Here God begins to expostulate with his people; and with this view relates all the benefits which for a long time he had bestowed upon the Israelites, and especially upon the tribe of Judea. The Prophet now addresses them. Nothing was more unworthy or preposterous than for the Jews to be proud through the pretext of God’s gifts. But this vice has always been rife in the world, as it is now too prevalent, and especially among handsome women; for, though beauty is God’s gift, nine women out of ten who possess it are proud, and fond of men, and unite lust with elegance of form. This is quite unworthy of them; but it was customary in all ages, as it is this day: for we recognize the same in men; for as each excels in anything, so he arrogates to himself more than he ought, when he exults against God, and is reproachful towards others. If any one abounds in riches, he immediately gives himself to luxury and empty pomp; and others abuse them to various perverse, and even corrupt uses. If any one is endowed with ability, he turns his acuteness to cunning and fraud; then he plans many devices, as if he wished to mingle earth and heaven. Thus almost all men profane God’s gifts. But here the Prophet shows the fountain of this pride, when he says that the Jews trusted in their own beauty: for if modesty flourished in us, it would certainly suffice for restraining all insolence; but when that restraint has been once thrown off, there is no moderation before either God or man. This passage, then, is worthy of observation, where God reproves his ancient people for trusting in their beauty: because the figure signifies that they drew their material for pride from the gifts which ought rather to lead them to piety; for the gifts which we receive from God’s hand ought to be invitations to gratitude: but we are puffed up by pride; and luxury, so that we profane God’s gifts, in which his glory ought to shine forth. We must also observe that God has thus far recited his benefits, that the people’s ingratitude may appear more detestable: for God gives all things abundantly, and upbraids not, as James says, (James 1:5;) that is, if we acknowledge that we owe all things to him, and thus devote and consecrate ourselves in obedience to his glory, with the blessings which he has bestowed upon us. But when God sees us impiously burying and profaning his gifts, and, through trusting in them, growing insolent, it is not surprising if he reproves us beyond what is customary. Hence we see that God assumes as it were another character, when he expostulates with us concerning our ingratitude; because he willingly acknowledges his gifts in us, and receives them as if they were our own; as we call that bread ours by which he nourishes us, although it is compelled to change its nature as far as we are concerned. It always remains the same in itself; but I speak of external form. God therefore, as it were, transfigures himself, so as to reprove his own gifts, conferred for the purpose of our glorying only in him. (Matthew 7:11; Luke 11:13.)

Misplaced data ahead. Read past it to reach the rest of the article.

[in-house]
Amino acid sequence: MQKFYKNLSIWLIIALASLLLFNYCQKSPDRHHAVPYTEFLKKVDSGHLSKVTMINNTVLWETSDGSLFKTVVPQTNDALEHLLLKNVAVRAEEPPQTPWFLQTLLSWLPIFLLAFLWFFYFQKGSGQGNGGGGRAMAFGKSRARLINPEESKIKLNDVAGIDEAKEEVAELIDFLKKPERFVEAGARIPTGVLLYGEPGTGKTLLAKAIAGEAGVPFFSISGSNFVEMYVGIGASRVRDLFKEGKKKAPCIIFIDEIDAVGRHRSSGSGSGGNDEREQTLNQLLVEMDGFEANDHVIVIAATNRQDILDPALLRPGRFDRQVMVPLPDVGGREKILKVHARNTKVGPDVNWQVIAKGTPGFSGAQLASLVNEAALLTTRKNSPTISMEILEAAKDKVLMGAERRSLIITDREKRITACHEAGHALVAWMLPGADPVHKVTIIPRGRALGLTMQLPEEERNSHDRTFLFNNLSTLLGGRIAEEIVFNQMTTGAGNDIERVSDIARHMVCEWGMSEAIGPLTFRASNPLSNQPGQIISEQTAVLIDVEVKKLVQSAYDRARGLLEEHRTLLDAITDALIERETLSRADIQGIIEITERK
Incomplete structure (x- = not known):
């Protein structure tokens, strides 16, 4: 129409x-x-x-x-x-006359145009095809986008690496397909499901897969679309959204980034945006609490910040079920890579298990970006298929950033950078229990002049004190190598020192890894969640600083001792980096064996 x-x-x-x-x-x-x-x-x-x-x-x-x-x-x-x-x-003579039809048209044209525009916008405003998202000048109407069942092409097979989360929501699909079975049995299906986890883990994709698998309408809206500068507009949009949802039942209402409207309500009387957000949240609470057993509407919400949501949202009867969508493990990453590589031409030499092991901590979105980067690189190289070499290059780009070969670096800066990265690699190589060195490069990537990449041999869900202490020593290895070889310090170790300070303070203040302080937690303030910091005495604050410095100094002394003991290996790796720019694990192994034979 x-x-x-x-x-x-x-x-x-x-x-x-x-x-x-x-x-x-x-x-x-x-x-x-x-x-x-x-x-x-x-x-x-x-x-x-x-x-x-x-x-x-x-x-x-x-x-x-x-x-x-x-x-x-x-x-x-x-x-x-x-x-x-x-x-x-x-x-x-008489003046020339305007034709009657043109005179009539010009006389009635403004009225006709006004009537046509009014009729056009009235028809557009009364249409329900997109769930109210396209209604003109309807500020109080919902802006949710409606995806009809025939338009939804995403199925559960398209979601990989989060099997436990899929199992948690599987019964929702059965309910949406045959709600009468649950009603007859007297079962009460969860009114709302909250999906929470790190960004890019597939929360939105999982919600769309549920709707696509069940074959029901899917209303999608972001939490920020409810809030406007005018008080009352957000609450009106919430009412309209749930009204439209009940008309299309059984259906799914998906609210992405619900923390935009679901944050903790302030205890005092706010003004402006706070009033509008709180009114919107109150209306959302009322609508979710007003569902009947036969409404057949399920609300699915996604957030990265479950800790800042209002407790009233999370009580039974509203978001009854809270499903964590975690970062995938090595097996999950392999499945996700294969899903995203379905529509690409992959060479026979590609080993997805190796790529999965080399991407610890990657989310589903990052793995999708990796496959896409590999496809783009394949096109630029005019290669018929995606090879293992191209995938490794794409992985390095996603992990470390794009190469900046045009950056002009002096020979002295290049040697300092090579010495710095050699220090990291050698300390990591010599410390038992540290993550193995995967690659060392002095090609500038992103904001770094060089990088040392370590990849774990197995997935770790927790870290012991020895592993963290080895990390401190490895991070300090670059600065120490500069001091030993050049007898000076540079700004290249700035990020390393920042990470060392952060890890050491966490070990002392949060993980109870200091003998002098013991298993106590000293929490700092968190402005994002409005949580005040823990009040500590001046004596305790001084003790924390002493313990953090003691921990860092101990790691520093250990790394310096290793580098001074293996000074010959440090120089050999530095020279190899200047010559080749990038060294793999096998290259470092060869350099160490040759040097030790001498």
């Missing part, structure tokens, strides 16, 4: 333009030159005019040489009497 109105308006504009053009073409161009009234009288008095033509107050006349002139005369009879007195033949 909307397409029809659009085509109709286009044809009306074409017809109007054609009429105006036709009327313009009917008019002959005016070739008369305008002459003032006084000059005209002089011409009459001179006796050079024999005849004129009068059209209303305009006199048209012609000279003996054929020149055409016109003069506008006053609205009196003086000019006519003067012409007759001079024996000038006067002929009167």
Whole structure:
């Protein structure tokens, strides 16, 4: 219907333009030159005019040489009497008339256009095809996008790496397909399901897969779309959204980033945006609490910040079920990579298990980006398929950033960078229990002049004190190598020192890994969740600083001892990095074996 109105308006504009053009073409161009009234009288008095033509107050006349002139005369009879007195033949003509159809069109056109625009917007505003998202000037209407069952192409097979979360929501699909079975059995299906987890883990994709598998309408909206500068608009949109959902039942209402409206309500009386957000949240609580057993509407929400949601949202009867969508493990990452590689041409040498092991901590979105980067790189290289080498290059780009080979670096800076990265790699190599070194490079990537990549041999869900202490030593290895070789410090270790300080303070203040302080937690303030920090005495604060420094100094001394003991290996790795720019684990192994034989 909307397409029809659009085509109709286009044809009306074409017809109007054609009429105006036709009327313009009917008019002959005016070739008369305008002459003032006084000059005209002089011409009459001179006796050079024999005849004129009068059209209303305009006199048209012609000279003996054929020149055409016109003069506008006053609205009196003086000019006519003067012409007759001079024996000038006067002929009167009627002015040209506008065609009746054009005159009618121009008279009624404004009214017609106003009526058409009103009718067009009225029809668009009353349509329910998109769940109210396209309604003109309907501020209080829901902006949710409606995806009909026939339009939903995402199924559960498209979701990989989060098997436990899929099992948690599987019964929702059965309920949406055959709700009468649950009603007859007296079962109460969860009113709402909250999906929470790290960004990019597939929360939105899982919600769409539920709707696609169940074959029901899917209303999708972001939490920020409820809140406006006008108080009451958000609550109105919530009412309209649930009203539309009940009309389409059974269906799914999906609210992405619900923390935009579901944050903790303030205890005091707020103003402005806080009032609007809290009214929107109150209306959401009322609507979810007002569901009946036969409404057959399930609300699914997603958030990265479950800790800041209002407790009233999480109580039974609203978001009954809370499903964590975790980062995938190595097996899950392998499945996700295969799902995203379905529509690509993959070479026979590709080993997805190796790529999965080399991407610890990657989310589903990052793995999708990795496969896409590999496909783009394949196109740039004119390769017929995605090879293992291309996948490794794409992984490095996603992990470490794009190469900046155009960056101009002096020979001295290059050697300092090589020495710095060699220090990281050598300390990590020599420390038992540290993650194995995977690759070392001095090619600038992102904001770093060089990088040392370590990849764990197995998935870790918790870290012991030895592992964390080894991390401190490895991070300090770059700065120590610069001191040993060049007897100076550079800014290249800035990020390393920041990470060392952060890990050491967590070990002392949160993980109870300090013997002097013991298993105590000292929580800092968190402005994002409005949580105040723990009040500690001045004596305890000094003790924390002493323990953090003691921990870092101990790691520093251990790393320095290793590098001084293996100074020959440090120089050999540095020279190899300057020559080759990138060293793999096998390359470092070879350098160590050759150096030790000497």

God afterwards says, that the people had played the harlot according to their renown. I have no doubt that the Prophet alludes to famous harlots who excel in beauty, and interpreters have not observed this sufficiently; for they do not explain anything by saying, you have committed fornication in thy name: for as many lovers flow from all sides in troops towards a famous harlot, so the Prophet says the Jews were like her; and since they were universally noted, they were exposed to promiscuous lust, and attracted lovers to themselves. Here the Prophet condemns two kinds of fornication in the Jews; one consisting in superstitions and in the multiplication of idols, — the other in perverse and unlawful treaties: and we know this to be the worst kind of fornication, when God’s worship is vitiated; for this is our spiritual chastity, if we worship God purely according to the prescription of his teaching, if we do not bend to either the right or the left from his commands: so on the other hand, as soon as we pass the goal fixed by him, we wander like impure harlots, and all our superstitions are so many acts of defilement. The Prophet begins with the former kind, when he saysthat the Jews had committed fornication, namely, with their idols. But before he comes to that, he shows that their lust had been insatiable, since they had so eagerly and ardently approached their various idols, just as a harlot burns with unsatisfied desire, and is carried hither and thither, and must have a number of men; so the Prophet here says that the Jews committed fornication, not with one or two only, but with whomsoever they met; and this was occasioned by that favor of which we formerly spoke. It now follows —